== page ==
Hand washing and pandemic planning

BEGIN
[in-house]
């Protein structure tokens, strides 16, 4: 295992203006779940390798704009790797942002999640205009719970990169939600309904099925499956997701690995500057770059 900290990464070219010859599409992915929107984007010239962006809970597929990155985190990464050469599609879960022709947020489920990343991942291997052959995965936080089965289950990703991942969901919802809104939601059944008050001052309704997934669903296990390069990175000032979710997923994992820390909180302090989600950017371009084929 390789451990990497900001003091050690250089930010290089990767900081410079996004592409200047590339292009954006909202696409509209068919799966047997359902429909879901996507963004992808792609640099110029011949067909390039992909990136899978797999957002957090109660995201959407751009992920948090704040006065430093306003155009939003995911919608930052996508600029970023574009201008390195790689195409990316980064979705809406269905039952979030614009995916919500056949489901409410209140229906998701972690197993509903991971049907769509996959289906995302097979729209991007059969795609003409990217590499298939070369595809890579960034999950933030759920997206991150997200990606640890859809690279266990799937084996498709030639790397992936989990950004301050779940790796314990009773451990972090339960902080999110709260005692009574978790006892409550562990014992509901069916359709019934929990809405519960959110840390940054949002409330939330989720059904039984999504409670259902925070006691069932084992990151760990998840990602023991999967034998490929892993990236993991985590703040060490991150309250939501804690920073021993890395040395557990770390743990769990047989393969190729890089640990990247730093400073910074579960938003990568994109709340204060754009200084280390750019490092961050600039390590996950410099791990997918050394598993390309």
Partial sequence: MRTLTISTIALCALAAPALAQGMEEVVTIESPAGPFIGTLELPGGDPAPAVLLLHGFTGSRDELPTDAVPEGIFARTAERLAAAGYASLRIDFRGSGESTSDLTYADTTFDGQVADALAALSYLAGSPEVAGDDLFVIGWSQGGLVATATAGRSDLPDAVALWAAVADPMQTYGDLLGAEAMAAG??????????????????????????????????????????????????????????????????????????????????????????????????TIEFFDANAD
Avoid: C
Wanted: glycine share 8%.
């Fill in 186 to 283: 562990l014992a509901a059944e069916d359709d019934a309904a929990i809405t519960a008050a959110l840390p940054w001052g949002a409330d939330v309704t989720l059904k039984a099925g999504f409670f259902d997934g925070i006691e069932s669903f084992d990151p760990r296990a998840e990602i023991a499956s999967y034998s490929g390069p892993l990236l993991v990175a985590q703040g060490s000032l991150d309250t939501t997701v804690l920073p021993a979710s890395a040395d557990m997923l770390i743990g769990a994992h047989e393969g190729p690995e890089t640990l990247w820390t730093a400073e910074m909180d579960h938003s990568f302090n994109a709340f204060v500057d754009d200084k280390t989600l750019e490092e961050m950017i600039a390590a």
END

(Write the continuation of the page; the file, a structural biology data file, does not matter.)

first_imgAccording to a Weather Channel report, several schools in the U.S., and in some cases entire districts, have canceled classes this week due to a high percentage of students sick with the flu and other seasonal illnesses. While not a worldwide pandemic, local and regional flu outbreaks are risks to more than just schools and neighborhoods. Credit unions can be greatly affected by the outbreak of illness among staff and members. This blog serves to provide all our compliance friends with information on pandemic preparedness and remind you of the importance in having an updated business continuity plan.NCUA explained in Letter to Credit Unions 01-CU-21, that a credit union’s contingency plans should consider the worst case scenario. Additionally, the board of directors and senior management should set procedures to ensure the plan’s success. A credit union’s contingency or business continuity plan should account for the operation of critical systems and anticipate where the greatest need would be if the credit union lost access to employees, resources, or systems. NCUA gives some insight as to how credit unions can establish a minimum acceptable service level based on the type of emergency faced:“In evaluating minimum levels, credit unions should consider:Minimum number of employees required;Ability to bring in outside human resources; ShareShareSharePrintMailGooglePinterestDiggRedditStumbleuponDeliciousBufferTumblr continue reading »last_img read more